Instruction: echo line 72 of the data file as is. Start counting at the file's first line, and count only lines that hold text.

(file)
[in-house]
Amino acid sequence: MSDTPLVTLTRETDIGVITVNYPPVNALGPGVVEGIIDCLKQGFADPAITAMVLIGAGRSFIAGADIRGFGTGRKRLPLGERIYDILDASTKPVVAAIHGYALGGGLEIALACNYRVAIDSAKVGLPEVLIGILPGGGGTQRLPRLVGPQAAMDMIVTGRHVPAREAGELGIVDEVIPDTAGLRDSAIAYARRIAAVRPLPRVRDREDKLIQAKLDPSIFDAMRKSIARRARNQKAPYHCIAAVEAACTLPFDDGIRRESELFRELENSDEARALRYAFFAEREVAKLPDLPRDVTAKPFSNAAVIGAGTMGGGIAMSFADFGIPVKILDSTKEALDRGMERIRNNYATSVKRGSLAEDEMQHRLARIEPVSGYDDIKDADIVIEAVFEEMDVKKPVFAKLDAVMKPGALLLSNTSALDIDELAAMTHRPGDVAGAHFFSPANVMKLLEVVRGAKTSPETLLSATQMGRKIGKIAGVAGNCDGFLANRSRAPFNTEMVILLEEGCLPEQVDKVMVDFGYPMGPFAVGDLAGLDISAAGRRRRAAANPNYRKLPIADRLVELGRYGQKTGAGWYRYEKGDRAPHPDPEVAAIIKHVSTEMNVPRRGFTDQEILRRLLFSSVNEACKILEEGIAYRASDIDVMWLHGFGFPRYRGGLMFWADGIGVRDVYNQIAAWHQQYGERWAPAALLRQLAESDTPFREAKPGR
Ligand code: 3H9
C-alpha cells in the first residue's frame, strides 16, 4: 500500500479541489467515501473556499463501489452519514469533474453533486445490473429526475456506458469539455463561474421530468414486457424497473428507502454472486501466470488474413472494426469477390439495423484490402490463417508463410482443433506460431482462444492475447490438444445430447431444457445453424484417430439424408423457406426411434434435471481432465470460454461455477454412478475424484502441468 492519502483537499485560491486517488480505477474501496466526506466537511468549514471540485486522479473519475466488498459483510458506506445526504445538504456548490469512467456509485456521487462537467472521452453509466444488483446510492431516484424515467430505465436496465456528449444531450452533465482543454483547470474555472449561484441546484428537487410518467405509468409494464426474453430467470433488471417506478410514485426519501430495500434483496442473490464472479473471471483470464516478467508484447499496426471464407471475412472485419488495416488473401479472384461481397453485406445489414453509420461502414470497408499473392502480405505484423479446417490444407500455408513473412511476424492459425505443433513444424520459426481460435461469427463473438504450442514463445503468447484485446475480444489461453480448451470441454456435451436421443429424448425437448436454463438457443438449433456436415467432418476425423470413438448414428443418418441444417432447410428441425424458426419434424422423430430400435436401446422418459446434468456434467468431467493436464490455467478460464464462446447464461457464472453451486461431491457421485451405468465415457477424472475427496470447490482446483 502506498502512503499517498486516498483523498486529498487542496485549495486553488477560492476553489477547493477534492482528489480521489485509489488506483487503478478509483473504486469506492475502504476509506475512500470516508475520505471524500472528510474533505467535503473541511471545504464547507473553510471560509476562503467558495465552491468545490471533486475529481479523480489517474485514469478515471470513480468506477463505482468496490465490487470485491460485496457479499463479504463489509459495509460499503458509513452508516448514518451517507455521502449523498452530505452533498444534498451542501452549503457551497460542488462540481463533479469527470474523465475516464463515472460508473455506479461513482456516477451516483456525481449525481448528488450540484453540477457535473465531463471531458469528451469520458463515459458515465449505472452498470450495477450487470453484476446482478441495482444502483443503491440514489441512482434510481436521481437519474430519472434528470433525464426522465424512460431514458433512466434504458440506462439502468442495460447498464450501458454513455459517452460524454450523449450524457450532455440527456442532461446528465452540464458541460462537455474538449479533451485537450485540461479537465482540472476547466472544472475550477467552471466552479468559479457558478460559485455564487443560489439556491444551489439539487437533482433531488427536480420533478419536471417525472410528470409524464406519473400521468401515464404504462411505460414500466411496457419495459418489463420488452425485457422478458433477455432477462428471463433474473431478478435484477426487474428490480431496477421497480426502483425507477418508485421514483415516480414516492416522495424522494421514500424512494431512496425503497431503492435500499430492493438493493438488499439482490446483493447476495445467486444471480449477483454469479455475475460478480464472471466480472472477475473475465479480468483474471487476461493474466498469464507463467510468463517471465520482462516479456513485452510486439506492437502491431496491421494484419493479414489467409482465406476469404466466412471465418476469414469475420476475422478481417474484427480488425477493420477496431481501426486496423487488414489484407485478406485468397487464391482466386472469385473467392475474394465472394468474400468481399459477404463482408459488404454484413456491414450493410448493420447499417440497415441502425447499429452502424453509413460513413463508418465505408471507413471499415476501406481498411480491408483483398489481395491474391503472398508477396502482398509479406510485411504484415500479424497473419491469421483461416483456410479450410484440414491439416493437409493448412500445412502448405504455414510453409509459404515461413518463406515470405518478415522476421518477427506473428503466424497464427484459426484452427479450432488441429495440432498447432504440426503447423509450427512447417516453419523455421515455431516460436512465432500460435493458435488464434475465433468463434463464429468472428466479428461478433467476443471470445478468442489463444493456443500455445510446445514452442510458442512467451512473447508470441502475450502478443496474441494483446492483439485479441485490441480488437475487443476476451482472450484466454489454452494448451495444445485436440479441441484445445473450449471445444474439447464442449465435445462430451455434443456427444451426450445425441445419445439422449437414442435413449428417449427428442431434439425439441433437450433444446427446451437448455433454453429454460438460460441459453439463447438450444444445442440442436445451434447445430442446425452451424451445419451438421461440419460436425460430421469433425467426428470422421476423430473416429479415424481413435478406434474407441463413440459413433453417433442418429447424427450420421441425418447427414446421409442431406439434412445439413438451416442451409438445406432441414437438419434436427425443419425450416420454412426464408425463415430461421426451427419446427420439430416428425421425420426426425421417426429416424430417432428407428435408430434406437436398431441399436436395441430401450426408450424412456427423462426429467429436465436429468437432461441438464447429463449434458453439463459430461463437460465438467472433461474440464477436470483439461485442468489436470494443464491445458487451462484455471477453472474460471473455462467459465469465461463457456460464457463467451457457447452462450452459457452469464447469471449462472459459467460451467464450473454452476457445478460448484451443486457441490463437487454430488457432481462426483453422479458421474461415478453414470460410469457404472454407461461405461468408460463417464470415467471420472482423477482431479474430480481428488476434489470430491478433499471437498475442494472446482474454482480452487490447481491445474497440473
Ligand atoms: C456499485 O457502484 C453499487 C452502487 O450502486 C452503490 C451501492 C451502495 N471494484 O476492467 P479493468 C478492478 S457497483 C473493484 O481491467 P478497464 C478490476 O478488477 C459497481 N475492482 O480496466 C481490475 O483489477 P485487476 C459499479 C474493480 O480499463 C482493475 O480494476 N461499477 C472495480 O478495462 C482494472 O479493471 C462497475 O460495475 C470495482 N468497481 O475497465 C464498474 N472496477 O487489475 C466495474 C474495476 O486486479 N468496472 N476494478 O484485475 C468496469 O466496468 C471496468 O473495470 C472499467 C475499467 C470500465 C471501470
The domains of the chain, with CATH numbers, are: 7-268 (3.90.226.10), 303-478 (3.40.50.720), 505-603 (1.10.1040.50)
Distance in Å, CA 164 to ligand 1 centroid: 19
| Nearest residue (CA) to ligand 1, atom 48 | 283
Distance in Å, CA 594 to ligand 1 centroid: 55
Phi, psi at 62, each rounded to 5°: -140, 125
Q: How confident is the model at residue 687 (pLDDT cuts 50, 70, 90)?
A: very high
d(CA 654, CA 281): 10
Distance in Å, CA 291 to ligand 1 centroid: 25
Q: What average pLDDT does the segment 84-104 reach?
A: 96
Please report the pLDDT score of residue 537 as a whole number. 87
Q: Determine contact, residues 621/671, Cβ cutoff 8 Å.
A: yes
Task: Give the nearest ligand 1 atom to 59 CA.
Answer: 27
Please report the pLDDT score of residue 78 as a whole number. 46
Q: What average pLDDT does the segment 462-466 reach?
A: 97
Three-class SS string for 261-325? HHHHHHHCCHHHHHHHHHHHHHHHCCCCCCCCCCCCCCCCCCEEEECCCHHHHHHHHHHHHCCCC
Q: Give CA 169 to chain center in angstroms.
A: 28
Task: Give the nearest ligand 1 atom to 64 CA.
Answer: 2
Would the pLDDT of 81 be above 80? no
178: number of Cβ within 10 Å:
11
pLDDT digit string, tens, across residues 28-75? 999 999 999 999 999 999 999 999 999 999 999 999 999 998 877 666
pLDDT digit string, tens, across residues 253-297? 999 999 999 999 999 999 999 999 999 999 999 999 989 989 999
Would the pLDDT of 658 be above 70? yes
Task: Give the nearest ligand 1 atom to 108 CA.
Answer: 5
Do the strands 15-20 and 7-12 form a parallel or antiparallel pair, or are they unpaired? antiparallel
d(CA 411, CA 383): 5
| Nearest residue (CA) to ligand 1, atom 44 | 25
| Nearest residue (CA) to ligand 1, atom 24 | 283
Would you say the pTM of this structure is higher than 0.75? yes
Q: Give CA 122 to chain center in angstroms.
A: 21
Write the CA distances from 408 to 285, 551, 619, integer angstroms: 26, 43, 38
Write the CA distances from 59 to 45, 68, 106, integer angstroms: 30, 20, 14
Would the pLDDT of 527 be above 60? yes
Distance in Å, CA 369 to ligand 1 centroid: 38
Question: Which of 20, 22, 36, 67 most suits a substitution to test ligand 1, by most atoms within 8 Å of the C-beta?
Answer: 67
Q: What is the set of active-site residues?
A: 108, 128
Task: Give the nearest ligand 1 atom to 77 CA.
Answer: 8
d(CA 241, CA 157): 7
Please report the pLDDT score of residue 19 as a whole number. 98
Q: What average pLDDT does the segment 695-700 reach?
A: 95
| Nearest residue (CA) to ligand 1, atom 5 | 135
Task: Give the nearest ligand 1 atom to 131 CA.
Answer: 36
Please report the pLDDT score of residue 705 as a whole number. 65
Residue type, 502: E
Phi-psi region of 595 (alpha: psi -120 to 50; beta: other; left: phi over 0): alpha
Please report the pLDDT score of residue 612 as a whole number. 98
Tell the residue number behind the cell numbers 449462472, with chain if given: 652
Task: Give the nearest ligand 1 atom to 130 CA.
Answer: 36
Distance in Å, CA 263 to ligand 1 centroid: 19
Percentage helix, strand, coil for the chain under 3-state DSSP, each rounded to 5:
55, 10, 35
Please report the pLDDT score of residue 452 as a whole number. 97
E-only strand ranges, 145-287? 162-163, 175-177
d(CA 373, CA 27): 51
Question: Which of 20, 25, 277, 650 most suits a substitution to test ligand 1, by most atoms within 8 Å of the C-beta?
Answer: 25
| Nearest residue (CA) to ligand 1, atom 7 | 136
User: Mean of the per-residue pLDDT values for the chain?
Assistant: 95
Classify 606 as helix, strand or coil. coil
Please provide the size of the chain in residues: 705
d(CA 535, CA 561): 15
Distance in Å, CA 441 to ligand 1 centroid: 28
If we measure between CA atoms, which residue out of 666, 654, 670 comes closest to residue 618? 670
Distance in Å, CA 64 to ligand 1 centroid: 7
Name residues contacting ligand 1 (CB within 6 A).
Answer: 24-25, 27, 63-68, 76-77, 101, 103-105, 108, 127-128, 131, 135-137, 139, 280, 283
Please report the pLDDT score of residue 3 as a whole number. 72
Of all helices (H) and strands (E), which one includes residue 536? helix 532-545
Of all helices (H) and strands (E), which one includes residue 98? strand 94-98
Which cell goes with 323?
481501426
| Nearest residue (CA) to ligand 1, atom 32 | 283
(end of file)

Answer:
Please report the pLDDT score of residue 452 as a whole number. 97